So, I'm afraid that is all the time I can spend on this right now. I hope it is of some help. This is a very clever and interesting problem and whoever formulated it clearly knows their stuff. Good Luck! 

## Following is my answer to the problem as originally formulated, which I leave for the sake of completeness.

The generalised definition of a Cantor set that you are assuming requires $r$ be an odd number, for otherwise there is no middle $r'th$.

If $r > 2$ is odd, note that $$\frac{(r-1)}{2r} \in \mathcal C_r,$$ since it is the rightmost point of the left interval resulting from the first removal of the middle $r'th$, and cannot be excluded by subsequent removals.

Further $$T\left(\frac{(r-1)}{2r}\right) = \frac{(r-1)}{2}.$$ So whenever $r$ is odd and greater than $3$, this generalized Cantor set member escapes on the first iteration.

This leaves the case $r=3$ as a possibility, the Cantor Ternary Set itself. The argument I have given above would not apply here since $T(T(\frac13)) = 0.$ So if your Tent set is a Cantor set, it must be The Cantor set.

• r does not have to be odd.. I could remove the middle $\frac{1}{4}$ of every interval should I choose Commented Sep 7, 2014 at 1:35
• @graydad If you divide [0,1] into 4 subintervals as per Cantor, then you have (e.g.) [0, 0.25), [0.25, 0.5), [0.5, 0.75), [0.75, 1]. Which one is the middle interval? Commented Sep 7, 2014 at 1:53
• @graydad If you mean removing an interval of lenght 0.25 from the center, then you can identify the same point - in this case 3/8, which would again escape on the first iteration. Commented Sep 7, 2014 at 1:57
• @graydad Doing a bit of scribbling, I believe that your Tent set corresponds to the case r=2. I'm not sure why you exclude the case r=2 in your OP. If you sit down and look at the end-points remaining after each removal, you will convince yourself that all of these points map to zero. By the case r=2 I mean the case with the first removal leaving [0,1/4] and [3/4,1] ; the second [0,1/16], [3/16, 1/4], etc.. Commented Sep 7, 2014 at 2:39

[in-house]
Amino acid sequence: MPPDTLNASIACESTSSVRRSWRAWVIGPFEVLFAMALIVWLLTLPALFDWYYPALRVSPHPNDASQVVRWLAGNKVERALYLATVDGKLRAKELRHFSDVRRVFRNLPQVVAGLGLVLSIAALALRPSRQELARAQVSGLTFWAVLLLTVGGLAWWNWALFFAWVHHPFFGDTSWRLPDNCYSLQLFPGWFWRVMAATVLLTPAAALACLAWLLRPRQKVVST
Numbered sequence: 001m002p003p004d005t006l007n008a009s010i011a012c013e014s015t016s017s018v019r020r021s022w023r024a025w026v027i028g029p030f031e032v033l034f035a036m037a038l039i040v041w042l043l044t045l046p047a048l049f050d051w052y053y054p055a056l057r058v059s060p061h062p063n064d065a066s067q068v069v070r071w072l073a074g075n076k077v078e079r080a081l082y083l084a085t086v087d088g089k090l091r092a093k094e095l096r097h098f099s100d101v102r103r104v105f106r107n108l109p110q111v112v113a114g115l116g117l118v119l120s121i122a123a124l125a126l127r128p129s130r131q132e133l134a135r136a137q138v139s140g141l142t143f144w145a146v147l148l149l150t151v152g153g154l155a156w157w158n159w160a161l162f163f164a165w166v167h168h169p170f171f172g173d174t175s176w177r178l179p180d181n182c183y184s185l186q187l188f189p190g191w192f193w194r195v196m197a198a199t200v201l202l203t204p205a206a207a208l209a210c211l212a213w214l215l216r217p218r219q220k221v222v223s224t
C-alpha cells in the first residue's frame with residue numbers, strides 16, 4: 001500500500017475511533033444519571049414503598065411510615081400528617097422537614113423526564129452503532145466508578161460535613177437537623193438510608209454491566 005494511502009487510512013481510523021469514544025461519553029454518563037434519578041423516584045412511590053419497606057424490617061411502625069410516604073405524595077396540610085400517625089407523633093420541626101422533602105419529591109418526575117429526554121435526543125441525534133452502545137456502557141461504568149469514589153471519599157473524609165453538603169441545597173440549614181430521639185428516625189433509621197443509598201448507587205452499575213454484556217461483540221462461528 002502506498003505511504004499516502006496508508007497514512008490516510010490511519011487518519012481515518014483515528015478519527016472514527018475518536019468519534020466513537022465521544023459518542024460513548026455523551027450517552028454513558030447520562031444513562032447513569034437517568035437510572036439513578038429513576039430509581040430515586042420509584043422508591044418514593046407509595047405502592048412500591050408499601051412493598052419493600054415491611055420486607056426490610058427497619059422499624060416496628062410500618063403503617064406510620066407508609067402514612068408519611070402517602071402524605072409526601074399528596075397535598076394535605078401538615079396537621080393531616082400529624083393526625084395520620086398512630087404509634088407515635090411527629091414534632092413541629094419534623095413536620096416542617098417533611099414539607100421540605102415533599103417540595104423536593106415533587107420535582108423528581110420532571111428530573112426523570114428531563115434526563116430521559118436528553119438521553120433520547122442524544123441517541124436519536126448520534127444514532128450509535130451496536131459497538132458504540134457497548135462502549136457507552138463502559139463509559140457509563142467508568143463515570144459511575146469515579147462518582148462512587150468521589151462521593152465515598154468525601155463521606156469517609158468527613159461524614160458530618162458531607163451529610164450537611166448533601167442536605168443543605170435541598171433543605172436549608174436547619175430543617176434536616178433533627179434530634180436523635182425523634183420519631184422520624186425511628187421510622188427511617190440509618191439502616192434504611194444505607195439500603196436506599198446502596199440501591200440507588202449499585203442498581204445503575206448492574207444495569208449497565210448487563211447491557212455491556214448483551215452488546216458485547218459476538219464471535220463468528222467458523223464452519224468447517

• I mean what you said in the second case: After the first iteration, you will be left with $[0,\frac{3}{8}] \cup [\frac{5}{8},1]$ and then proceed by removing the same proportion from the middles of the consequent intervals. The case of $r=2$ is important, but points do not escape the tent map when $r=2$; that only happens for \$r>2. Commented Sep 7, 2014 at 2:48

Succeeded with a proof by induction.

I have a relatively simple proof for all $$r>2$$. There is no need for $$r$$ to be odd, nor integer, rational, etc. We only need $$r$$ to be real and greater than two. I think Epsilon's answer confused $$s$$ with $$r$$, since he thought $$\frac{r-1}{2r}\in C\;(wrong)$$, which it doesn't, the point he describes is $$\frac{1}{r}\in C$$. As stated in the question, the set of $$x$$ with bounded orbits is in fact a Cantor set with $$r=\frac{2s}{s-1}$$, but, in order to avoid the confusion of the previous post, I will provide the definition of the Cantor set in terms of $$r$$. First, $$C_0 =[0,1]$$. Then, $$\forall n\in \mathbb{Z_+}:C_n=\left(\frac{1}{r}C_{n-1} \right)\cup\left(\frac{r-1}{r}+\frac{1}{r}C_{n-1} \right)\;.\;(1)$$ You can check that this definition coincides with the one of the question if $$r=\frac{2s}{s-1}$$. We need $$r>2$$ so that the Cantor set just defined is a proper subset of the $$[0,1]$$ interval. In fact:

• If $$1\le r \le 2$$, then $$\forall n \in \mathbb{N}: C_n =[0,1]$$.
• If $$r<1$$ then $$C_1 \not\subset [0,1]$$.

The sketch of the proof is as follows:

1. $$\forall n \in\mathbb{N}: C_n=1-C_n$$. Easily proved by induction.
2. $$\forall n\in\mathbb{Z}_+ : C_n =T^{-1}(C_{n-1})=\left(\frac{1}{r}C_{n-1} \right)\cup\left(1-\frac{1}{r}C_{n-1} \right)$$. Use the definition of $$T(x)$$, Eq. (1), and the previous step.
3. $$T^{(n)}(x)$$ is bounded iff $$x\in C=\bigcap_{n=0}^{\infty}C_n$$. Because $$T^{(n)}(x)$$ is unbounded iff $$\exists k\in\mathbb{N}: T^{(k)}(x)\notin [0,1]$$. The previous step proved that $$x\in C \iff \forall n\in \mathbb{N}:T^{(n)}(x)\in [0,1]$$. $$\square$$